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Glossary

CAP Rate (Capitalization Rate) Definition


Capitalization Rate, also known as the CAP Rate, is the rate of return on a specific real estate investment. This rate is based on the income the property is predicted to generate. Furthermore, when estimating the potential return on investment for the investor, you use the CAP rate.

In order to calculate the capitalization rate, you simply divide the investment’s net operating income by the current market value of the investment.

Calculating the Real Estate Cap Rate

Often we hear the term Cap Rate when it comes to real estate investments. Let’s learn
about its impact in real estate investments, as well as its benefits for investors in the
current real estate market.

What is the Real Estate Cap Rate?

It is the rate of return on a real estate investment property centered on the income that
the property should produce. You can use when you are trying to calculate your
potential returns on your investments.

It is a simple tool, that if you use correctly, can result in valuable information for you as
the investor. The capitalization rate (a.k.a. cap rate) is the ratio between the Net
Operating Income (NOI) or the gross income versus the property assets value. This tool
is used to measure the current value of properties. One benefit of using the real estate
cap rate tool is that it can show the investor’s return on investment (ROI) for one year.

How can you Calculate the cap rate for your investments?

Remembering this easy equation for calculating the real estate cap rate will put you in
front of the market. Let’s say that the NOI was listed at $600,000 and the property
assets value was generated at $100,000:

$600,000 (NOI) / $100,000 (PV) = 6% cap rate

Simply divide the property listing into the NOI to give you the cap rate percentage.

Now let’s say that your NOI was $1,000,000 and the property asset value was $13,000,000. This would equal a cap rate of 7.6%. In other words, this tells you that an
investor would receive 7.6% return on a cash investment.

Taking into consideration, that the NOI is accurate. Any operating expenses will reflect
an inaccurate cap rate.

Moreover, are property taxes current, maintenance fees, utilities, and insurance current on the property? If the property has been financed, annual finance charges need to be subtracted. These operating expenses must be subtracted from the NOI (gross income) before dividing the property assets value. This will give a more definite NOI resulting in an accurate cap rate.

What’s the benefit of using the cap rate?

The cap rate tool is beneficial when comparing property market values. The cap rate will determine if you’re at a higher risk with one property versus the other. The real estate cap rate tool is also useful when determining past and present market trends.

Typically, when you compare property investments you may have a problem because
not all investments are the same. Therefore, the cap rate is a good starting point for you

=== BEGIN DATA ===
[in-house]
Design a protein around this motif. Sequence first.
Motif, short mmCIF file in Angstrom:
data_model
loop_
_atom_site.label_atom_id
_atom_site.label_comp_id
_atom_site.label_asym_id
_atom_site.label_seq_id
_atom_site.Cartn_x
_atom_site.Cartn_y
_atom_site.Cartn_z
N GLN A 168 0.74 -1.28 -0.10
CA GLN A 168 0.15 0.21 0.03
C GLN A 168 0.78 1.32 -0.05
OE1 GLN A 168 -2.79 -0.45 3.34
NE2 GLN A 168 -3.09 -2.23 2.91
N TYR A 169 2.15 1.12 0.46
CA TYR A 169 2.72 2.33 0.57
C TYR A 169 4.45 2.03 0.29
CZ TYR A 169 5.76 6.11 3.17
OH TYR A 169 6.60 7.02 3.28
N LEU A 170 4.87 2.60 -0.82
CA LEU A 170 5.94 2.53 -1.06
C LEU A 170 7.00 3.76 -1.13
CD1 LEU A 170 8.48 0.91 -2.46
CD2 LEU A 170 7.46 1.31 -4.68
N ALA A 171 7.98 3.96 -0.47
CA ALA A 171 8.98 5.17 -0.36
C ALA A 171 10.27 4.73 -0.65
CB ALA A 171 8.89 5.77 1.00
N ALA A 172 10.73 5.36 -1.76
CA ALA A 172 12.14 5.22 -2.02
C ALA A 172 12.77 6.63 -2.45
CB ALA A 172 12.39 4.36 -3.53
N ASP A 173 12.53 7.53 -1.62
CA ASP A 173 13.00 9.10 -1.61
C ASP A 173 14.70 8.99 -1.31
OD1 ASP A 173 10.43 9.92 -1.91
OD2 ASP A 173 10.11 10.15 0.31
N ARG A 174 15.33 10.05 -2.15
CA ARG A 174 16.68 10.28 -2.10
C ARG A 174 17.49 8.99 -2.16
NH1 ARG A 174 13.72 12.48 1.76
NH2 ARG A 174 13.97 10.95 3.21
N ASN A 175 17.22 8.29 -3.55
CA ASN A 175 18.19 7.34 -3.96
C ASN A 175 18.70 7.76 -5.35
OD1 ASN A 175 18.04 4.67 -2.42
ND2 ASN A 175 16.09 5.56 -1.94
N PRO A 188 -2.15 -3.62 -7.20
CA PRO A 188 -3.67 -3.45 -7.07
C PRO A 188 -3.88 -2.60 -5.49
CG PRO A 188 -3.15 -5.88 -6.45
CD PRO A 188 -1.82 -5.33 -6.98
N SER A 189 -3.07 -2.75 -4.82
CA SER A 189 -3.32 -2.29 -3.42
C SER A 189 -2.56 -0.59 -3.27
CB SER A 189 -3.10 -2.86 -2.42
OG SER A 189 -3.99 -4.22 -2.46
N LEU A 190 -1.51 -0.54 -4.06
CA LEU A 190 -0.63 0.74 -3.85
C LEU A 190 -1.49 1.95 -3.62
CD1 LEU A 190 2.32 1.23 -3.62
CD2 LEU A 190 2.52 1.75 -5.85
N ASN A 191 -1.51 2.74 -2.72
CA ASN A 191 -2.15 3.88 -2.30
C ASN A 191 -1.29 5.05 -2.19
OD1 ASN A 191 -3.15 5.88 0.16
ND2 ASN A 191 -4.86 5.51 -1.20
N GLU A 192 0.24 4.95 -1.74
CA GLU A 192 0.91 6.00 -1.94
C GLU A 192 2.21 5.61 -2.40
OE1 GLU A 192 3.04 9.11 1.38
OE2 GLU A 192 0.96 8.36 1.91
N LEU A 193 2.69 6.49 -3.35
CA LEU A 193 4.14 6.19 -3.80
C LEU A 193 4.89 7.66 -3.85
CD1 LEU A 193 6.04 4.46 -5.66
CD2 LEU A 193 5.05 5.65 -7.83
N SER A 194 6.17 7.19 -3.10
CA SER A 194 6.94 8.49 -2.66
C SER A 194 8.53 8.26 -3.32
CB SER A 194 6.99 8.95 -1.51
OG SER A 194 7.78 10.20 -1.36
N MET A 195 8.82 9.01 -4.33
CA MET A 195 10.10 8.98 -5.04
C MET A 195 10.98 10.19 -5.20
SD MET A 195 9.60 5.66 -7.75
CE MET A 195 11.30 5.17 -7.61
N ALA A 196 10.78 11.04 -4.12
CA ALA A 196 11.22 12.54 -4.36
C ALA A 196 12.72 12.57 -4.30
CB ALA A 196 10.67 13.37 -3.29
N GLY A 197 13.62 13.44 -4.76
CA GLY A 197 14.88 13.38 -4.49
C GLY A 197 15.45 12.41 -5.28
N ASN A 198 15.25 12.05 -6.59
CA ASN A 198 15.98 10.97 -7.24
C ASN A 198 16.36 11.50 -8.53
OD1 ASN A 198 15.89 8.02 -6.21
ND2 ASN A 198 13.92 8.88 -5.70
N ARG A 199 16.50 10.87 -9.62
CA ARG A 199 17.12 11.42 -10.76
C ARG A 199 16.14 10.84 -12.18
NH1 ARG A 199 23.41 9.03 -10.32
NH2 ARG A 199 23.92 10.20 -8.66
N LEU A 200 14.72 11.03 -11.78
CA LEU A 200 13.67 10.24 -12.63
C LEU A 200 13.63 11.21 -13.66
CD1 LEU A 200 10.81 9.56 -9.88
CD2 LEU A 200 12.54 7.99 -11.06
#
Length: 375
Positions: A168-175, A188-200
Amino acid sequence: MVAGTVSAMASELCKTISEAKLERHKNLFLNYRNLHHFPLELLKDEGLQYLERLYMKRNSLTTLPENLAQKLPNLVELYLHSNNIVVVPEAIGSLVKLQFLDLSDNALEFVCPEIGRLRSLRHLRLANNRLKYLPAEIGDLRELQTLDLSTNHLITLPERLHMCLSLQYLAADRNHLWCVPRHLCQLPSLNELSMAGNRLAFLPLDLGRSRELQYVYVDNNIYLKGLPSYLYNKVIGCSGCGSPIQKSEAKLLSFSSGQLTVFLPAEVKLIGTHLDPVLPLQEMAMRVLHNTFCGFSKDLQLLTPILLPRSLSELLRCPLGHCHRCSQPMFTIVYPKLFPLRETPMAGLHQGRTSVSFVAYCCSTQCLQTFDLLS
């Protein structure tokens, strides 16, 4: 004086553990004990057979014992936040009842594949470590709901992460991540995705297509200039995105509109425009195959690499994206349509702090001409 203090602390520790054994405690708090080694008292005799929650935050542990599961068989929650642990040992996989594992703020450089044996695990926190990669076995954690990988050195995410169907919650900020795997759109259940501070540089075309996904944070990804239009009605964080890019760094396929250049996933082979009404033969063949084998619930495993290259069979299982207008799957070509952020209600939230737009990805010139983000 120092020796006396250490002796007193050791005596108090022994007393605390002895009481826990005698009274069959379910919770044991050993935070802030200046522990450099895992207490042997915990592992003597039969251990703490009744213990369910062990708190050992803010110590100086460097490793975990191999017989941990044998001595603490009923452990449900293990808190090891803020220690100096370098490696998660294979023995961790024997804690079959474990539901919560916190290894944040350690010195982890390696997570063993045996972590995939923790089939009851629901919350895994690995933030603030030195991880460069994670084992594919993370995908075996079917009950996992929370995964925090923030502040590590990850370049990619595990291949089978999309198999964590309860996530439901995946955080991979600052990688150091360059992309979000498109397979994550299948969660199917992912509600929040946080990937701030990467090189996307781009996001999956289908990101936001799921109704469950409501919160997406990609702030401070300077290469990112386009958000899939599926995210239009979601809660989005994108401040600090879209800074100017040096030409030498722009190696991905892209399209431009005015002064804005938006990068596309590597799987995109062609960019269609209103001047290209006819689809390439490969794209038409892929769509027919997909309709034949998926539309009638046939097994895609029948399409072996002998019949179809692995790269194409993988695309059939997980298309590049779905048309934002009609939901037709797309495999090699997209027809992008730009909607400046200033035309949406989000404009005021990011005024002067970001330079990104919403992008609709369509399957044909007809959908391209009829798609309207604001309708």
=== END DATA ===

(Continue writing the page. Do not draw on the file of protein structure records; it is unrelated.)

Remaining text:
to compare profit percentages.

For example, let’s say you have 2 investment opportunities in front of you. Property A
has a market value of $230,000 and Property B has a market value of $3 Million.
Additionally, estimates that their NOI values will be $40,000 for property A and $300,000
for property B. Moreover, property A’s cap rate is 17.39% and property B’s cap rate is
10%. While the first investments cap rate is much higher, the second one will earn much
more money annually. Thereafter, you can make a more accurate decision as for which
property to choose if you had to go for one or the other.

How does it benefit Investors?

Essentially, a high cap rate for buyers or investors is a good sign. This means that the
property value is low, so the annual return will be great. On the other hand, having a
high cap rate for sellers means that the asking price for the property is too high.
The cap rate is also a tool that you can use to get a rough idea on the payback period.
You are able to calculate it by dividing 100 by the cap rate when expressed as a whole
number. For example, if your investment has a cap rate of 5%, divide 100 by 5, for an
estimated payback period of 20 years. This method is only recommendable for a rough
estimate of the investments’ payback period because few real estate investments retain
a contact cap rate over a long period of time.

While this is a great tool, it also has its limitation. One of them being that it is not very
useful for short-term investments. Having a little time to produce a trustworthy cash flow,
it can make it almost impossible to get an approximate number in a limited amount of
time.

Although it provides important and useful information when making your decision for an
investment property, it can also misguide you. It is important to use this great tool
keeping some of its drawbacks in mind.

Finally, a point to remember, is that cap rates are most often considered to be cash
transactions and that cap rates differ depending on cities and neighborhoods. If
assessing trends and market values, compare properties that are identical. For
example, same size, same location, and same age. Do not try to use a cap rate tool for
an apartment building with renters versus a single-family home rental. This will give a
false cap rate.